COLUMBIA — A slew of Columbia nonprofits are at risk of losing their tax-exempt status after a change in tax law has been slow to catch on.
More than 175 organizations in Columbia are in violation of the Pension Protection Act of 2006, which requires all tax-exempt organizations to file an annual return with the IRS beginning in 2007, according to a list released Monday by the IRS. (Click on the pdf link below for the complete list.)
The organizations in question include the International Association of Lions Clubs Columbia and several fraternities and sororities at MU.
According to the IRS, these organizations are among the 7,300 in Missouri — and countless others nationwide — that are in violation of the law.
Nonprofits that qualify for tax exemption are not required to pay federal, state or local taxes. Additionally, they can qualify for special grants or government funding and their donors can deduct contributions from their own taxes.
But the Pension Protection Act, in addition to requiring organizations to file a return, states that any organization failing to file for three consecutive years would have its tax-exempt status automatically revoked. According to IRS records, none of the organizations on the list filed returns in 2007, 2008 or 2009.
The organizations will lose their tax-exempt status if they do not file an annual return by Oct. 15. Churches and church-related organizations do not have to comply.
Michael Devine, IRS media relations for Missouri and Kansas, said the IRS has made multiple attempts to contact small nonprofits through the media and via a letter campaign that consisted of more than one million mailings to notify nonprofits of the changed law.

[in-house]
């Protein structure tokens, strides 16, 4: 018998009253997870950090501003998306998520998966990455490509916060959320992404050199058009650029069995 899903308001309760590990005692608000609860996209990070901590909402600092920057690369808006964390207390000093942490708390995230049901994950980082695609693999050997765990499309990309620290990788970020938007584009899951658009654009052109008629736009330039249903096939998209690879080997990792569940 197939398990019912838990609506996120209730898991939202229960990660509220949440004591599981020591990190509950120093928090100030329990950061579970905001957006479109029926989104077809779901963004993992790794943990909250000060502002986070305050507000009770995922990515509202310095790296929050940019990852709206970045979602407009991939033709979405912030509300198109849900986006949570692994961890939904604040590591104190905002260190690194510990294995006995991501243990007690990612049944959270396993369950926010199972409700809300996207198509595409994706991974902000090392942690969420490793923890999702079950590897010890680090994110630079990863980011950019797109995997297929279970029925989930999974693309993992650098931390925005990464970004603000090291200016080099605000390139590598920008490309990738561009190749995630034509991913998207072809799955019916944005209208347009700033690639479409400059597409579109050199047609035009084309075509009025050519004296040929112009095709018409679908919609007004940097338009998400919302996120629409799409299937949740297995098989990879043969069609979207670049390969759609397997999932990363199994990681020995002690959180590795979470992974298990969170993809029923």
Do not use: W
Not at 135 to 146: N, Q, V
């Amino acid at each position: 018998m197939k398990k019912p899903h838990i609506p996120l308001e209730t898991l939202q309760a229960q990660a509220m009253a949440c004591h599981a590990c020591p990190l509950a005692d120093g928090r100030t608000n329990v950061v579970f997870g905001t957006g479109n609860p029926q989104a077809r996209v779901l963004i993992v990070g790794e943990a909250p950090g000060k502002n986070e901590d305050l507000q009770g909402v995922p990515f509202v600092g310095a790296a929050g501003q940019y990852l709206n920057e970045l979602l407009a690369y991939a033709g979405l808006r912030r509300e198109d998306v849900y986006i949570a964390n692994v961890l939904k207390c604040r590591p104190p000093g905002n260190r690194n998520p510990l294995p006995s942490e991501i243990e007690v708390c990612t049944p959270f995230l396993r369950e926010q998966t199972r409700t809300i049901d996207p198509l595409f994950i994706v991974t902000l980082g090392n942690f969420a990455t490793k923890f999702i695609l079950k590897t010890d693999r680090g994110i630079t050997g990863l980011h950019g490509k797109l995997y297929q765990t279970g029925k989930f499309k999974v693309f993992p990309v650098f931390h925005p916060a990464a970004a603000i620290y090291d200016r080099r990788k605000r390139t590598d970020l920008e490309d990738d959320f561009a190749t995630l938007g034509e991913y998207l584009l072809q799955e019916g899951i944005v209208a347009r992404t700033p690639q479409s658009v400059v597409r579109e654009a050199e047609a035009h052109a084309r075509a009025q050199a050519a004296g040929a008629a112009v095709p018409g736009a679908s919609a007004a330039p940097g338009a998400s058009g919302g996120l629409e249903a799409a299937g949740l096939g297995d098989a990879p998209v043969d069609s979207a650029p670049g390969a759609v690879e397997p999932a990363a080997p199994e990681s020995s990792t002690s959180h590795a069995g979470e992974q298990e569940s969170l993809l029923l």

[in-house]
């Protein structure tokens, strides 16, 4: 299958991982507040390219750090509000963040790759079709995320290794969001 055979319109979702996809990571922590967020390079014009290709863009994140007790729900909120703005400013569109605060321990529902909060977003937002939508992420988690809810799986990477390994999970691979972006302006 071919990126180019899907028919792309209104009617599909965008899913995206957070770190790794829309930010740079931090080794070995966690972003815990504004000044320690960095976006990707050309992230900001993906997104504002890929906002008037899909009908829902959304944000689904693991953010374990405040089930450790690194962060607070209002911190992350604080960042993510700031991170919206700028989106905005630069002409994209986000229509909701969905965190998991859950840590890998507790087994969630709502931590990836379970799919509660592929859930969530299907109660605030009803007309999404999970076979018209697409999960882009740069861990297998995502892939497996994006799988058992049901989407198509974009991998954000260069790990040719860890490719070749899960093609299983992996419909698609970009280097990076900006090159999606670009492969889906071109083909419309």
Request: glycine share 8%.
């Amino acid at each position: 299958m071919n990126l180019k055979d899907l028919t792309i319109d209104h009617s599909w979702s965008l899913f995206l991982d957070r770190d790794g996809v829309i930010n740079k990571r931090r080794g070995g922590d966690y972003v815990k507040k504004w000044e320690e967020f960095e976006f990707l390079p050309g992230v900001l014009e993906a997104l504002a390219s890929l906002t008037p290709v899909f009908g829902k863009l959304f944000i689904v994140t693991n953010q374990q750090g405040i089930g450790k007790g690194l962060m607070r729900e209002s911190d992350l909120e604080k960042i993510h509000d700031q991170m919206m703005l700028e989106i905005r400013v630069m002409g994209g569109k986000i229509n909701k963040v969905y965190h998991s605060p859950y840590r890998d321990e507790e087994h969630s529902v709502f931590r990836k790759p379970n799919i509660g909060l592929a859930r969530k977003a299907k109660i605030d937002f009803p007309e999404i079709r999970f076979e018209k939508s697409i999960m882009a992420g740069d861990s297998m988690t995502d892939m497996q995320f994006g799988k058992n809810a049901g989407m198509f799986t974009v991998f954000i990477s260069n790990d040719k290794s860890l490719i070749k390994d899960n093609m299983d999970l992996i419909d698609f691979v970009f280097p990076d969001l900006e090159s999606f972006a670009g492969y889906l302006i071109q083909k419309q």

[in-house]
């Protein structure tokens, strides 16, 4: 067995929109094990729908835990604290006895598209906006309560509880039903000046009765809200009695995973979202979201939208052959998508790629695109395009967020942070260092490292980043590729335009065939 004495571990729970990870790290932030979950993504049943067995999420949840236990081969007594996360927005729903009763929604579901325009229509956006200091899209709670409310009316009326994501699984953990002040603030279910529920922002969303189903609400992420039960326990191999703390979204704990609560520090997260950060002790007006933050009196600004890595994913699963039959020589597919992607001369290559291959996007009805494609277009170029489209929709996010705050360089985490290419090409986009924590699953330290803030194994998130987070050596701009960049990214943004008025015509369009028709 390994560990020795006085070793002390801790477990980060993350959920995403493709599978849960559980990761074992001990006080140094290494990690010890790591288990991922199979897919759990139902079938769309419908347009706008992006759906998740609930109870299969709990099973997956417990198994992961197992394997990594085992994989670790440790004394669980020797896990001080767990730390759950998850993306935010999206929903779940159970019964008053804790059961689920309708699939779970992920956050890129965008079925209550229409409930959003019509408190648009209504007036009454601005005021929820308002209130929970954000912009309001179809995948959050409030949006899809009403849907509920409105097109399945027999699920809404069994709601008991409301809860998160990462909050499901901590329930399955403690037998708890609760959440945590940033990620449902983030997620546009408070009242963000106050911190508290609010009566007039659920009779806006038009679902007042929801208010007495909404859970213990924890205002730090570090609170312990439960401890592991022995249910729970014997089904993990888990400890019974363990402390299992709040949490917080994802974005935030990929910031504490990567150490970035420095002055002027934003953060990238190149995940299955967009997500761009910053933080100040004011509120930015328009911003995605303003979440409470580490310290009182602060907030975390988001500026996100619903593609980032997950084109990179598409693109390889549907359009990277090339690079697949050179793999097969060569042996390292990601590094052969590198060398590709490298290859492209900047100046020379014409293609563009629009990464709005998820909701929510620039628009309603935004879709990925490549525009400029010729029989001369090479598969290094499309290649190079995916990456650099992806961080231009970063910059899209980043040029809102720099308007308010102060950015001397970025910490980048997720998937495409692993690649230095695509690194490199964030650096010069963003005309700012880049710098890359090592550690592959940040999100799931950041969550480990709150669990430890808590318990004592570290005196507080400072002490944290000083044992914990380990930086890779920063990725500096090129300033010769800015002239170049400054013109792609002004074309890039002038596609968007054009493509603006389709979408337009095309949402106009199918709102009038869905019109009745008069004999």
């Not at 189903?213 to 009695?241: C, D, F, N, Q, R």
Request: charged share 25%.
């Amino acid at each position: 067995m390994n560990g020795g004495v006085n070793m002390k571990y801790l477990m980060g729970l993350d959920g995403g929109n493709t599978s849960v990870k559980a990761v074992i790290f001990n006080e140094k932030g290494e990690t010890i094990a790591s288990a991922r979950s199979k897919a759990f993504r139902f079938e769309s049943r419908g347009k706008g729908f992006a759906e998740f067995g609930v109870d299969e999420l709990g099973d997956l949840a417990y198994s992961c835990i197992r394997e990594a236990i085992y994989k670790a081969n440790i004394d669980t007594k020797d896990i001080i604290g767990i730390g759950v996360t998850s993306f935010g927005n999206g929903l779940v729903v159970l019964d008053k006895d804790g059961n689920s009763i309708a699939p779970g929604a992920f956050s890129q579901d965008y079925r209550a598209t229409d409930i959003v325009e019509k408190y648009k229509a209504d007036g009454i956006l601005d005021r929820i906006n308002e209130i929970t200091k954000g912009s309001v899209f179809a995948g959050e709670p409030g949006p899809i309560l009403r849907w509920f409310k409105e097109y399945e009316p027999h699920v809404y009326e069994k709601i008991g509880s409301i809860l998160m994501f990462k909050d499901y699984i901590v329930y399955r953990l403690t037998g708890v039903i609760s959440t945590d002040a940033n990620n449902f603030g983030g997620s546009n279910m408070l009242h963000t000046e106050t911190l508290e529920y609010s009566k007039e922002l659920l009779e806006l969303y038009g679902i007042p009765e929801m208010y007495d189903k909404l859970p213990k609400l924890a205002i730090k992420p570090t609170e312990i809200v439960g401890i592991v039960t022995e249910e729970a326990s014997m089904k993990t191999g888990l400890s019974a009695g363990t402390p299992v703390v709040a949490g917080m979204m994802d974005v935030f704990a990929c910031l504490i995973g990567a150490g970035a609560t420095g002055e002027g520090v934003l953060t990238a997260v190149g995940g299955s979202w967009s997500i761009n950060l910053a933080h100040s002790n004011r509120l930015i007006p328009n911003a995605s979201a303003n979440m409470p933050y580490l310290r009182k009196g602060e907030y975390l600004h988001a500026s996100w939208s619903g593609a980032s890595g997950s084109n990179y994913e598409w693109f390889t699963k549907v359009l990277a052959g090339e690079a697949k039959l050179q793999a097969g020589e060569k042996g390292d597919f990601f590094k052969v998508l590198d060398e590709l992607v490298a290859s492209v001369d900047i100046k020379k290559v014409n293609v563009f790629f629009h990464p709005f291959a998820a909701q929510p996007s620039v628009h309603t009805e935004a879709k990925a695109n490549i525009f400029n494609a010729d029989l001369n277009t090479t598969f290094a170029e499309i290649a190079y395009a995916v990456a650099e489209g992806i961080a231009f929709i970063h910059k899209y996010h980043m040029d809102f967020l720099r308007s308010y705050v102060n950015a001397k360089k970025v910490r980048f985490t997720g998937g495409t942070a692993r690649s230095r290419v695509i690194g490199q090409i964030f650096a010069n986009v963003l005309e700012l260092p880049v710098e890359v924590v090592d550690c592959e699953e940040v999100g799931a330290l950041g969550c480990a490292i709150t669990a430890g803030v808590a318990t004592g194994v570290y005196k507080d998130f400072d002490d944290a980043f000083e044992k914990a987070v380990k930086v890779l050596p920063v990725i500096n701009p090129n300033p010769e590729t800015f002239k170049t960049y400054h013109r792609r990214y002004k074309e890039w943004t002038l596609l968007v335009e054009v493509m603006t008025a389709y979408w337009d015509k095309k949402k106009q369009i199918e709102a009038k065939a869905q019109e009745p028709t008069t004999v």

"We're just doing everything we can to contact these organizations and make them aware they have this requirement now," Devine said. "We don't want any organization to lose their tax-exempt status because they didn't file a simple form."
Greg Buckman, president of the Boone County Cattlemen's Association, said he suspected his organization was on the list.
"The duty to file got passed around and passed around, then dropped," he said.
Buckman said the Cattlemen's Association was not contacted by the IRS about the new requirements.
The IRS is offering a one-time relief program that will allow any nonprofit on the list to file by Oct. 15 and retain their tax-exempt status.
For the smallest organizations, required to file Form 990-N, a simple online filing process can bring them back into compliance. Organizations eligible to file Form 990-EZ must file their delinquent information and pay a compliance fee.
Nonprofits that do not take advantage of the relief program will have their tax-exempt status automatically revoked after the deadline. Any organization that loses its status will have to reapply with the IRS, and any income received in that time could be taxable.